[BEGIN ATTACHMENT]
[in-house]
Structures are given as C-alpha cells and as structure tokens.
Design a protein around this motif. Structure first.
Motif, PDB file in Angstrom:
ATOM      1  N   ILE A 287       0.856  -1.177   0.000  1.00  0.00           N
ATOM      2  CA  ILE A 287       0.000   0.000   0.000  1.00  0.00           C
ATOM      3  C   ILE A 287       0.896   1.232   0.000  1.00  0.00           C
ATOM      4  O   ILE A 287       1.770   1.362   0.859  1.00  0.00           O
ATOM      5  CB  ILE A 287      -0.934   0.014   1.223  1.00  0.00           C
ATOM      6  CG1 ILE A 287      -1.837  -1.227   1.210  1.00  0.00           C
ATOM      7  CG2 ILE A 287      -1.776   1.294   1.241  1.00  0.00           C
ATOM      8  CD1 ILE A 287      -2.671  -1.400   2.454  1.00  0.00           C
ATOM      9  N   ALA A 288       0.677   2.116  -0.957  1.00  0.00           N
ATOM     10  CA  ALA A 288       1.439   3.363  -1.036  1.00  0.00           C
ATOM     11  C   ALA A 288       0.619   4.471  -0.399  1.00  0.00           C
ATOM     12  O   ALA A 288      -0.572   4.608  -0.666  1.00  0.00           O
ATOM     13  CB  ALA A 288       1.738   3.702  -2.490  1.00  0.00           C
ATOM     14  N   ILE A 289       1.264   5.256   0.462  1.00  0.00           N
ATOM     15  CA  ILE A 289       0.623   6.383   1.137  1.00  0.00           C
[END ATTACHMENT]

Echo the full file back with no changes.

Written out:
[in-house]
Structures are given as C-alpha cells and as structure tokens.
Design a protein around this motif. Structure first.
Motif, PDB file in Angstrom:
ATOM      1  N   ILE A 287       0.856  -1.177   0.000  1.00  0.00           N
ATOM      2  CA  ILE A 287       0.000   0.000   0.000  1.00  0.00           C
ATOM      3  C   ILE A 287       0.896   1.232   0.000  1.00  0.00           C
ATOM      4  O   ILE A 287       1.770   1.362   0.859  1.00  0.00           O
ATOM      5  CB  ILE A 287      -0.934   0.014   1.223  1.00  0.00           C
ATOM      6  CG1 ILE A 287      -1.837  -1.227   1.210  1.00  0.00           C
ATOM      7  CG2 ILE A 287      -1.776   1.294   1.241  1.00  0.00           C
ATOM      8  CD1 ILE A 287      -2.671  -1.400   2.454  1.00  0.00           C
ATOM      9  N   ALA A 288       0.677   2.116  -0.957  1.00  0.00           N
ATOM     10  CA  ALA A 288       1.439   3.363  -1.036  1.00  0.00           C
ATOM     11  C   ALA A 288       0.619   4.471  -0.399  1.00  0.00           C
ATOM     12  O   ALA A 288      -0.572   4.608  -0.666  1.00  0.00           O
ATOM     13  CB  ALA A 288       1.738   3.702  -2.490  1.00  0.00           C
ATOM     14  N   ILE A 289       1.264   5.256   0.462  1.00  0.00           N
ATOM     15  CA  ILE A 289       0.623   6.383   1.137  1.00  0.00           C